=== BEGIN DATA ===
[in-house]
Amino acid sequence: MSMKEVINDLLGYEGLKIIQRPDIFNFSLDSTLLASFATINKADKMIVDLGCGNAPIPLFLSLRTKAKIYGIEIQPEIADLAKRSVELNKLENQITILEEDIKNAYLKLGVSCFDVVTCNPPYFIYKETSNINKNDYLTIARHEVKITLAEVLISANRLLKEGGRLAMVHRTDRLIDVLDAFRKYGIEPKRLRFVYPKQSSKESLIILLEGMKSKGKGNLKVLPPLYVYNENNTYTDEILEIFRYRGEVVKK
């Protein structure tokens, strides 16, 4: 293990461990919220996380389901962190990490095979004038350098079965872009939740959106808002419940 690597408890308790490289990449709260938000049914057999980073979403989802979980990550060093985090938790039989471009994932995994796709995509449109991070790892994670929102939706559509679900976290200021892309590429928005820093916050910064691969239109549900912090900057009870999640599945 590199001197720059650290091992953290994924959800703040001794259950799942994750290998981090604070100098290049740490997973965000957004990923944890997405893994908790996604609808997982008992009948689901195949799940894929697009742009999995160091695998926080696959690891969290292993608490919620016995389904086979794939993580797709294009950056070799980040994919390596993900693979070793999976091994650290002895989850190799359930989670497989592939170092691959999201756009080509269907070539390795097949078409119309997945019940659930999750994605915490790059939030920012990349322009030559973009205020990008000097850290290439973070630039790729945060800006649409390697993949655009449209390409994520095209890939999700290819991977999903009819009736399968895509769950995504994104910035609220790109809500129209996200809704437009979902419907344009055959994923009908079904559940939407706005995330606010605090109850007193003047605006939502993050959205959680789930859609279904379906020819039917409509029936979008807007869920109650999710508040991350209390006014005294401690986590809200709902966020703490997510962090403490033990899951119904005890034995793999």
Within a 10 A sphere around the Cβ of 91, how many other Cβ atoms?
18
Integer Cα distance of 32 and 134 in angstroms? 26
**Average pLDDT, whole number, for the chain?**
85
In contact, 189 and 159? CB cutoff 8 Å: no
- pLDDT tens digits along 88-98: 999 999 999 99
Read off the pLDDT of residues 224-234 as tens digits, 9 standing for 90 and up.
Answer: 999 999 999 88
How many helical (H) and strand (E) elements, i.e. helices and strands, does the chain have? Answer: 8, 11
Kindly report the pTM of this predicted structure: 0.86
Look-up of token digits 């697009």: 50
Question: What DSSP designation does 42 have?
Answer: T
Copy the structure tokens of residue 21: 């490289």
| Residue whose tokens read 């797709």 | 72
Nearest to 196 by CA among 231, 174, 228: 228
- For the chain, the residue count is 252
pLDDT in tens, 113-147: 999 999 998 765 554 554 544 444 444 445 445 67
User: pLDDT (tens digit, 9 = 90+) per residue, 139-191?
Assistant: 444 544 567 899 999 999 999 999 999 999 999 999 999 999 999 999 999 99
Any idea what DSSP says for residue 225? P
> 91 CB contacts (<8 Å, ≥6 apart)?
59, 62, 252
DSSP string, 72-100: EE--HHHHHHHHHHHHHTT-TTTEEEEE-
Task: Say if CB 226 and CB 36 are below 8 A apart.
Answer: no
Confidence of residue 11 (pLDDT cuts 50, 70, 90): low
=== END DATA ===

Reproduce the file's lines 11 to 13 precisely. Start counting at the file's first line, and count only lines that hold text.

Read off the pLDDT of residues 224-234 as tens digits, 9 standing for 90 and up.
Answer: 999 999 999 88
How many helical (H) and strand (E) elements, i.e. helices and strands, does the chain have? Answer: 8, 11